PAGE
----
ST. ALBANS — Despite an unusually warm winter, Vermont sugar makers agree that 2016 is a great year for producing maple syrup.

Vermont sugarhouses annually produce more than 1.3 million gallons of maple syrup, according to the Vermont Agency of Commerce. That comprises almost half of all maple syrup produced in the United States every year.

This contribution racks in more than $300 million in sales.

“The weather is the driver of the sugaring season,” said Brian Stowe, the sugaring operations manager at Proctor Maple Research Center in Underhill. The University of Vermont’s Proctor Maple Research Center conducts studies on the sugar maple tree and its products year round.

Stowe said the success of a season depends on the number of freezes and thaws over the course of the winter, and this year, there have been quite a few.

“Overall it’s been very good,” Stowe said. “The flavor has been really excellent.”

Stowe said the quantity level for some people has been at an all time high, breaking previous records.

“While it’s all anecdotal at this point, everybody I’ve talked to has been really enthusiastic about this season,” Matt Gordon, executive director of the Vermont Sugar Makers’ Association, said in a press release.

“Another thing I’ve been hearing is that there is a shortage of barrels and drums to put the syrup in,” Gordon said. “That usually means there’s been a pretty good drop.”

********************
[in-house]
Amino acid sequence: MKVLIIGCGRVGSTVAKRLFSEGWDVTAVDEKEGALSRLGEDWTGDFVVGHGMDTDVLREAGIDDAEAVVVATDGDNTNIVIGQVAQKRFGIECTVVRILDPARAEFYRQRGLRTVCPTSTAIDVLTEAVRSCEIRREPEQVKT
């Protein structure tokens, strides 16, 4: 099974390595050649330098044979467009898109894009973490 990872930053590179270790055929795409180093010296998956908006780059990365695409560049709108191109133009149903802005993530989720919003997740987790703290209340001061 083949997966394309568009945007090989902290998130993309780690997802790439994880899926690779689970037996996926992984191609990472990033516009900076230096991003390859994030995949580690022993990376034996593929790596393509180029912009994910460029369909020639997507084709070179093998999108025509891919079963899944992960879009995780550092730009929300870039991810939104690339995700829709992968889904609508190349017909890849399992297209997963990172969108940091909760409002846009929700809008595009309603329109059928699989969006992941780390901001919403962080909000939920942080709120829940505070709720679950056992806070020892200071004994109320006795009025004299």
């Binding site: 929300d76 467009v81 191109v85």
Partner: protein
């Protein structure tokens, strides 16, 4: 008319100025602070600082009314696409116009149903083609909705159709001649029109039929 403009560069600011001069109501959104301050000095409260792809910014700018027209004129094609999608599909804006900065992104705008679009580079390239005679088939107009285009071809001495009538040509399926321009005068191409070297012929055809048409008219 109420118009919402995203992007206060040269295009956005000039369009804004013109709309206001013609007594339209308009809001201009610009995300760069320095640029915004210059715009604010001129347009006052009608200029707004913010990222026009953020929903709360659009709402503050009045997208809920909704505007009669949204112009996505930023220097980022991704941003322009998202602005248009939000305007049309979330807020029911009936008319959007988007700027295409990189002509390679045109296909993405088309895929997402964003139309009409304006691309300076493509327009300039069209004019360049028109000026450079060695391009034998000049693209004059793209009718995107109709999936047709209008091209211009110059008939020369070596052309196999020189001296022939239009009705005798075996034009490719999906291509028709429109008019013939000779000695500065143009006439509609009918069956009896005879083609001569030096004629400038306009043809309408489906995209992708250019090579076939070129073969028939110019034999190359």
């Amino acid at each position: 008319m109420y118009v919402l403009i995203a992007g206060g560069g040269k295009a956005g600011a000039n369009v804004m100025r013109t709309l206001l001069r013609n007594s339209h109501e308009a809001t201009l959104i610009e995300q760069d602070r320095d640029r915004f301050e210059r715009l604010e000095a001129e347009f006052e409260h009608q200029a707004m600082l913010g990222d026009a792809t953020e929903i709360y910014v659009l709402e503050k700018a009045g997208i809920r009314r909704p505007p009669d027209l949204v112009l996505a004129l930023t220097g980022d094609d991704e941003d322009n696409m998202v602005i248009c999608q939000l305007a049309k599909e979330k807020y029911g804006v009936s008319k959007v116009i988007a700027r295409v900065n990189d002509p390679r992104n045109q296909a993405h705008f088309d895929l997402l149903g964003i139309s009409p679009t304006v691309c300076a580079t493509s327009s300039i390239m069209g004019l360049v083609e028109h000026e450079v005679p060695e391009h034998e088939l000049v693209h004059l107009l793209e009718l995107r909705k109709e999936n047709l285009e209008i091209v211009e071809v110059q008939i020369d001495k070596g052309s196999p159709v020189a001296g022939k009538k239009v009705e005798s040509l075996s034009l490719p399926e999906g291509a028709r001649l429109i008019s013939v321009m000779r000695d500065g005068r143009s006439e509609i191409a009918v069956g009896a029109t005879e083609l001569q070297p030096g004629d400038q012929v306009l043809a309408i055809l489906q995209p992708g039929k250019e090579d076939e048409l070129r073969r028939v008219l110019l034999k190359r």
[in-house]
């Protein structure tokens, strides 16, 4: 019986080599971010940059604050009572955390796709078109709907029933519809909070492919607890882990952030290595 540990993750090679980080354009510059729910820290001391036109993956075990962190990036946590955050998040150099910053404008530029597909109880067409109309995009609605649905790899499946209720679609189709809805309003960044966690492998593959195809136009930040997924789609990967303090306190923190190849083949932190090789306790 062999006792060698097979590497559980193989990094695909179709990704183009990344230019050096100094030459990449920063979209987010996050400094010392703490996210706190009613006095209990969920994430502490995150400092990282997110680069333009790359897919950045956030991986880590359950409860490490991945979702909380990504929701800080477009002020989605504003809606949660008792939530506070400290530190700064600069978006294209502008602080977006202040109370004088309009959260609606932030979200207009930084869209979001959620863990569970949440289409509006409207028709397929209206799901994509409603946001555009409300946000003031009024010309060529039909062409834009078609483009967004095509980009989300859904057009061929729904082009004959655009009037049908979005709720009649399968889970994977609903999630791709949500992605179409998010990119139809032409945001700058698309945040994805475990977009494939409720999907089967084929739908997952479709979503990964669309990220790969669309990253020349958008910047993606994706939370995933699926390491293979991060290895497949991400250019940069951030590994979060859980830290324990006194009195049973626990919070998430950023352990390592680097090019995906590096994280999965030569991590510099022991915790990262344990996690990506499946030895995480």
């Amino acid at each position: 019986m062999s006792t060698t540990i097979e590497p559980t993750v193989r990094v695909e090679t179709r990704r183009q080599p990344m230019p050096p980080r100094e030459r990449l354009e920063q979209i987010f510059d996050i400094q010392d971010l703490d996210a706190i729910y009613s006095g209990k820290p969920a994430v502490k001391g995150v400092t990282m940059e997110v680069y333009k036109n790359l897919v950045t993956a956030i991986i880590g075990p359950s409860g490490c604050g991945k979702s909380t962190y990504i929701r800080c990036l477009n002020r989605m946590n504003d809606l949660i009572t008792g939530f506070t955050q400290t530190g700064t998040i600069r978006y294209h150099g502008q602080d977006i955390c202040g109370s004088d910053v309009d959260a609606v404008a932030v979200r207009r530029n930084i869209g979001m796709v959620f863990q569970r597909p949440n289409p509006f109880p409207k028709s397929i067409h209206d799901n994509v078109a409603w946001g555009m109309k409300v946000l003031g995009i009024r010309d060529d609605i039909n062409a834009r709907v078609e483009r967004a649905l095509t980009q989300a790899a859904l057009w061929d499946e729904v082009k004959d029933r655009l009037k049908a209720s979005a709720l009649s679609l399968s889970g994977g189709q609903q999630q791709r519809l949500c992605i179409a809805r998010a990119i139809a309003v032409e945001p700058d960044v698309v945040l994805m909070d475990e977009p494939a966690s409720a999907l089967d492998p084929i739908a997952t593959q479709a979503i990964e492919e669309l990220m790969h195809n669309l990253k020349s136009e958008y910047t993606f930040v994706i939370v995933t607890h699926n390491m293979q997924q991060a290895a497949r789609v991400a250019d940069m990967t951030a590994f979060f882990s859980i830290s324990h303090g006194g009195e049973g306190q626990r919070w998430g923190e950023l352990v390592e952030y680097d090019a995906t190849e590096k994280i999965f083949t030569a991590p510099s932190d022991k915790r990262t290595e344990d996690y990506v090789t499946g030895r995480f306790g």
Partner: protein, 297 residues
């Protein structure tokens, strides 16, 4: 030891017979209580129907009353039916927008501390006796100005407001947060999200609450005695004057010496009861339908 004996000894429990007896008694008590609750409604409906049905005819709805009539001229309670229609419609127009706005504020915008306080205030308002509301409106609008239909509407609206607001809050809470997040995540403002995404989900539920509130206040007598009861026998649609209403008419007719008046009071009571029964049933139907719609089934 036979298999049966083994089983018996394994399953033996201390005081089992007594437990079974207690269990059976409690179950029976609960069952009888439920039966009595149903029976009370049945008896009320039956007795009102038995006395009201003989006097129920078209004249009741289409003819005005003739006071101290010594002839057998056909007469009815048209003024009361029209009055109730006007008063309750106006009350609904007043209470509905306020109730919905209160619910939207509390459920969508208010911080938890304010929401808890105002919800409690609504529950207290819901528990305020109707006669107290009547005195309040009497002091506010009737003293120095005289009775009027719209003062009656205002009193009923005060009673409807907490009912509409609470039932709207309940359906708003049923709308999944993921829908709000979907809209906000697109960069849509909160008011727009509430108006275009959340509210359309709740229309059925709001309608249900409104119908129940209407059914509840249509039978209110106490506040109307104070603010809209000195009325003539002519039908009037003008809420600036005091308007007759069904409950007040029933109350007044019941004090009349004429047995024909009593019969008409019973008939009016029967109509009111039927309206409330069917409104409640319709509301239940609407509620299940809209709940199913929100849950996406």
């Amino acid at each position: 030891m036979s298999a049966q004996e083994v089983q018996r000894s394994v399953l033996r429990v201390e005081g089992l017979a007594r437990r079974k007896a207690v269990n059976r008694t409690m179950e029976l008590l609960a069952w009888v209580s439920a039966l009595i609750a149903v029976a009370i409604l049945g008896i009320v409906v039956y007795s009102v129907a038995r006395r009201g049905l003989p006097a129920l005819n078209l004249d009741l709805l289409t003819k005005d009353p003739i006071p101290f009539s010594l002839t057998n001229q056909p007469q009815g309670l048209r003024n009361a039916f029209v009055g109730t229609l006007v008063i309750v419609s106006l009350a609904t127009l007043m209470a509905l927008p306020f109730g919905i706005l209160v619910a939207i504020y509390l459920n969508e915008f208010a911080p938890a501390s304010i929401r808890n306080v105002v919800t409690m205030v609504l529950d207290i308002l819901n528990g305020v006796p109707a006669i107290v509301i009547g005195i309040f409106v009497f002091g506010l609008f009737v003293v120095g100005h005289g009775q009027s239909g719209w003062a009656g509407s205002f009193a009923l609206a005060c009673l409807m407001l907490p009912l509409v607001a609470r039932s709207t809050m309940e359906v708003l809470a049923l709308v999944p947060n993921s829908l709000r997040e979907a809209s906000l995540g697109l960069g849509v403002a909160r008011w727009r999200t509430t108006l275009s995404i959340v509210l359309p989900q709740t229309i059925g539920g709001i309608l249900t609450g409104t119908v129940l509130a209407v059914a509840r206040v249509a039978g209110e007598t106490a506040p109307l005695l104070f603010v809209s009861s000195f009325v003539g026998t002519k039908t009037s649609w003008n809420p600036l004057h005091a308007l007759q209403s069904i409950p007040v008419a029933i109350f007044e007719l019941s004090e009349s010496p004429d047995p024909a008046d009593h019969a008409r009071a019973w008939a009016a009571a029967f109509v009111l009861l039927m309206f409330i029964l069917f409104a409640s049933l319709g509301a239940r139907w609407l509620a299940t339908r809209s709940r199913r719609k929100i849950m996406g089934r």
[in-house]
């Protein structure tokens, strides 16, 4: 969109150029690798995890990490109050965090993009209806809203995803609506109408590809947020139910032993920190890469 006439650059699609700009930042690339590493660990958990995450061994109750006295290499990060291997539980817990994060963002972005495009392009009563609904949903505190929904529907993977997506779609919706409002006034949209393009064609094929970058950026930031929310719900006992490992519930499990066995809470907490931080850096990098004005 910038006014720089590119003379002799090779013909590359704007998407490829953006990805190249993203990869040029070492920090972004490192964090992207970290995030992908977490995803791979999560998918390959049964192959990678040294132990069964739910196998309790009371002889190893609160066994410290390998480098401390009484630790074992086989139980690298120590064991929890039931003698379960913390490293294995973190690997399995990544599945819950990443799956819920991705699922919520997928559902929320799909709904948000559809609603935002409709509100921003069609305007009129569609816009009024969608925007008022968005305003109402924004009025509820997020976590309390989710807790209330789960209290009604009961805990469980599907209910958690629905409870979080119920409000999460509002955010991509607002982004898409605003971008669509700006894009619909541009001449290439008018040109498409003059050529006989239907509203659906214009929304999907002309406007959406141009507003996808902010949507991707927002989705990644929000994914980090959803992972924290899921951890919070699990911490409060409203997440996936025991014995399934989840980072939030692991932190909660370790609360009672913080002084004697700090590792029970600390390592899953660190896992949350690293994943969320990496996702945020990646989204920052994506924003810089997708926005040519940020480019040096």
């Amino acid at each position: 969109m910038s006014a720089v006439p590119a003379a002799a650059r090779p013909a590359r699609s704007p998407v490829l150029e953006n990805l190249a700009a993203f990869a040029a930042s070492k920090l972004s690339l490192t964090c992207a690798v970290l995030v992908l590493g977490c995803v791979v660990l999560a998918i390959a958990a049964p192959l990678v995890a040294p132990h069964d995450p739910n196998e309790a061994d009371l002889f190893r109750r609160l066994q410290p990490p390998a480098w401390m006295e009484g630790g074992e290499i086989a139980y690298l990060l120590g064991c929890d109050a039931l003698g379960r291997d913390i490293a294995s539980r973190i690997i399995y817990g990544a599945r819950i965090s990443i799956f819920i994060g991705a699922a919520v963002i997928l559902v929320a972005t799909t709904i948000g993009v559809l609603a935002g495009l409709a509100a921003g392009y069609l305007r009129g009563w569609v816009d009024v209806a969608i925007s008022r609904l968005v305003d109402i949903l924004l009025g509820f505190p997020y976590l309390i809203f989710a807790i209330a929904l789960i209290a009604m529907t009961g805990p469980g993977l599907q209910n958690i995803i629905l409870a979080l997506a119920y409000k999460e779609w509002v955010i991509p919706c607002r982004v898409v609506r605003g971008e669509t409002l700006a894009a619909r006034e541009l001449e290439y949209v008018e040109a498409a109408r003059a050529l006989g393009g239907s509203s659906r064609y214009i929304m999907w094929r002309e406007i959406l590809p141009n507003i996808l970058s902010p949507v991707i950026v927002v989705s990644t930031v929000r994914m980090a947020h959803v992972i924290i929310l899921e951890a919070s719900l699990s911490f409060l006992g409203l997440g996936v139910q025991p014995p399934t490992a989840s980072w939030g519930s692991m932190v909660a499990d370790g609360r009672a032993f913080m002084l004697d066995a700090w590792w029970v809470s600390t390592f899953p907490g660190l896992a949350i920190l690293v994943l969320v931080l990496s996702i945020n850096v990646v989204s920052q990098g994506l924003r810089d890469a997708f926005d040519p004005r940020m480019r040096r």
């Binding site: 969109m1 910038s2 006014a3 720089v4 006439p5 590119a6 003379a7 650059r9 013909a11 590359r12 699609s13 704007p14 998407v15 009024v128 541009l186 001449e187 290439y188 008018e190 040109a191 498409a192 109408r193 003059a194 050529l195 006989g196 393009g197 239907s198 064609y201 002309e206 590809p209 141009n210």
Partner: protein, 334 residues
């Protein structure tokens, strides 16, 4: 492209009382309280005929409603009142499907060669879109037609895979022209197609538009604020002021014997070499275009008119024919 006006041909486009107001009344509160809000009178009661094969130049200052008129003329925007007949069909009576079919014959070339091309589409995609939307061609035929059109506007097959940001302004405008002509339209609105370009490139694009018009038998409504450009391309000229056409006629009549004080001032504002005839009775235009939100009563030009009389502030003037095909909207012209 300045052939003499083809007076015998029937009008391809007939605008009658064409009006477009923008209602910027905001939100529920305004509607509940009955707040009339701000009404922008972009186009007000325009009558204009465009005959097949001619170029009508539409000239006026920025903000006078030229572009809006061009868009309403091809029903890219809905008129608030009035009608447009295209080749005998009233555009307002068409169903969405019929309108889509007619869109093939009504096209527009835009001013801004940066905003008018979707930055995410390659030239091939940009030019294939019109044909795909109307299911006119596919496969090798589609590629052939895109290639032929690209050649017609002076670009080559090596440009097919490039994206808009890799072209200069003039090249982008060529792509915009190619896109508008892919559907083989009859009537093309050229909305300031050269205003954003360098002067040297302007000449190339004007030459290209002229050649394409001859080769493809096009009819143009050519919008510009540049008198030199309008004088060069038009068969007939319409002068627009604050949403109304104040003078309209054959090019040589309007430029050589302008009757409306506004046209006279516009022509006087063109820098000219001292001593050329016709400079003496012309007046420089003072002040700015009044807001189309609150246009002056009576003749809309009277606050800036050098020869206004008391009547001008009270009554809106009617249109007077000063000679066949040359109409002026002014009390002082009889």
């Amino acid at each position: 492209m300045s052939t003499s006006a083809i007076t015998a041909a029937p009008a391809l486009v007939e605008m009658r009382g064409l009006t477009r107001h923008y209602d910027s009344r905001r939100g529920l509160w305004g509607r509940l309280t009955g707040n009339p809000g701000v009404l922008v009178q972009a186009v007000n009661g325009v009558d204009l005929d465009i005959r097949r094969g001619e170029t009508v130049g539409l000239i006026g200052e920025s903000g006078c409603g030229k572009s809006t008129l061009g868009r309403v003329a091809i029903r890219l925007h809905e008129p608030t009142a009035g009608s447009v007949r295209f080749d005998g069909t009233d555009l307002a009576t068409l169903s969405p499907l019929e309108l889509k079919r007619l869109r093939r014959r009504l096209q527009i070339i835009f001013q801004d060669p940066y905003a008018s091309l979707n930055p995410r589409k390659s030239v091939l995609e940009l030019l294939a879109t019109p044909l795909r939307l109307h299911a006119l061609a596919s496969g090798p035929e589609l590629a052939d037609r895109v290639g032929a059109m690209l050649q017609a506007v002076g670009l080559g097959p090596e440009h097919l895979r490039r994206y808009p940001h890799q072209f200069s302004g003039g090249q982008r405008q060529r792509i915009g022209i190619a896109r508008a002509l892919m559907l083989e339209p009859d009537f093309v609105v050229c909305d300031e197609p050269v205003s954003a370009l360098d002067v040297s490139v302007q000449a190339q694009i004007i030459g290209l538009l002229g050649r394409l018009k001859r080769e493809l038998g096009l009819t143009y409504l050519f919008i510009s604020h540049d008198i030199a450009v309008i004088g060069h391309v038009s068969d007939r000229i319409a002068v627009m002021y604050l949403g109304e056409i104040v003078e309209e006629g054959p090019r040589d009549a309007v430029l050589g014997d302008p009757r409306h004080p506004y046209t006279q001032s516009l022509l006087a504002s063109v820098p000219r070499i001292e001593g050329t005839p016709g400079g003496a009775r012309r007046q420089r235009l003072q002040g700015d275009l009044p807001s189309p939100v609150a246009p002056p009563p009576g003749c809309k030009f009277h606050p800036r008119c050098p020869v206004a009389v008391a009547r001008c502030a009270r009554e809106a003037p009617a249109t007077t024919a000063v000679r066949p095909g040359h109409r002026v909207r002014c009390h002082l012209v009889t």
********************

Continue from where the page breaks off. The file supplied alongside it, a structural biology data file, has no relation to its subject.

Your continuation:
Stowe said the sap stopped running last weekend due to the cold weather. Afterward, the wood fibers took a while to thaw, but the sap started flowing again.

“It’s full steam ahead,” Stowe said.

He said he wasn’t sure when the season would end. It depends on the character and color of the buds on the trees. When the buds begin to swell and break and the flavor of the sap changes, the season is over, Stowe said.

The Proctor Center as well as Branon Family Maple Orchards in Fairfield both started the sugaring season in early January.

“We started sapping the second of January,” Cecile Branon said. “Had one or two runs in January, some in February. We had to stop and pick it back up.”

Branon agreed with Stowe, saying the flavor was excellent this year.

She was worried about the price of maple syrup and whether it would be down to due the status of the Canadian dollar against the U.S. dollar. Currently one Canadian dollar is worth $.77 in U.S. currency.

“Hopefully it won’t be a lot less than last year,” she said.

Branon, who serves as the co-chair of the annual Vermont Maple Festival in St. Albans, said Friday she will spend her afternoon boiling.

The 2016 festival is set for April 22, 23 and 24 in downtown St. Albans.